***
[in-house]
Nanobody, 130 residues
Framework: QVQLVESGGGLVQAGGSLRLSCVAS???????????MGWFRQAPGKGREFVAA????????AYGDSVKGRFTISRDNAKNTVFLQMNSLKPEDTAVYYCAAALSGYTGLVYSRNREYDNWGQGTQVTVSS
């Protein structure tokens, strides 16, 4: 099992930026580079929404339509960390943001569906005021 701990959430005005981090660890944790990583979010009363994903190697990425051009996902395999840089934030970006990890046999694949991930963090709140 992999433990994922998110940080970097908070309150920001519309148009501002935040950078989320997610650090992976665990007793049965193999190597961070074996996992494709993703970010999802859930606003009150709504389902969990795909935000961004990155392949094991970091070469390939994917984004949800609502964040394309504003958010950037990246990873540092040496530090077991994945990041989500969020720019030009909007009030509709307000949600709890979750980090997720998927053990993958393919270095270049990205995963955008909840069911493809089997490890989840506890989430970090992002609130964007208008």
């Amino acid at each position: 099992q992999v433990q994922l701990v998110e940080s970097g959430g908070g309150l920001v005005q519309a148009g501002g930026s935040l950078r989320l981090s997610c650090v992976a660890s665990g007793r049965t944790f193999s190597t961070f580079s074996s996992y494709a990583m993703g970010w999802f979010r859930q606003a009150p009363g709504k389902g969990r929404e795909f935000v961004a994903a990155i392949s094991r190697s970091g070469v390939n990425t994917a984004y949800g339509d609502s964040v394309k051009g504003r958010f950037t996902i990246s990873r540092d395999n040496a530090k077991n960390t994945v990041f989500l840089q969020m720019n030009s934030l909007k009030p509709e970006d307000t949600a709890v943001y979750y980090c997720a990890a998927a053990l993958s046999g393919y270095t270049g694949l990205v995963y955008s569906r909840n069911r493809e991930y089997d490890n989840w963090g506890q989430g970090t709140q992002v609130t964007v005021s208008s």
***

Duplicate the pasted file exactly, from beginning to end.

[in-house]
Nanobody, 130 residues
Framework: QVQLVESGGGLVQAGGSLRLSCVAS???????????MGWFRQAPGKGREFVAA????????AYGDSVKGRFTISRDNAKNTVFLQMNSLKPEDTAVYYCAAALSGYTGLVYSRNREYDNWGQGTQVTVSS
């Protein structure tokens, strides 16, 4: 099992930026580079929404339509960390943001569906005021 701990959430005005981090660890944790990583979010009363994903190697990425051009996902395999840089934030970006990890046999694949991930963090709140 992999433990994922998110940080970097908070309150920001519309148009501002935040950078989320997610650090992976665990007793049965193999190597961070074996996992494709993703970010999802859930606003009150709504389902969990795909935000961004990155392949094991970091070469390939994917984004949800609502964040394309504003958010950037990246990873540092040496530090077991994945990041989500969020720019030009909007009030509709307000949600709890979750980090997720998927053990993958393919270095270049990205995963955008909840069911493809089997490890989840506890989430970090992002609130964007208008």
């Amino acid at each position: 099992q992999v433990q994922l701990v998110e940080s970097g959430g908070g309150l920001v005005q519309a148009g501002g930026s935040l950078r989320l981090s997610c650090v992976a660890s665990g007793r049965t944790f193999s190597t961070f580079s074996s996992y494709a990583m993703g970010w999802f979010r859930q606003a009150p009363g709504k389902g969990r929404e795909f935000v961004a994903a990155i392949s094991r190697s970091g070469v390939n990425t994917a984004y949800g339509d609502s964040v394309k051009g504003r958010f950037t996902i990246s990873r540092d395999n040496a530090k077991n960390t994945v990041f989500l840089q969020m720019n030009s934030l909007k009030p509709e970006d307000t949600a709890v943001y979750y980090c997720a990890a998927a053990l993958s046999g393919y270095t270049g694949l990205v995963y955008s569906r909840n069911r493809e991930y089997d490890n989840w963090g506890q989430g970090t709140q992002v609130t964007v005021s208008s």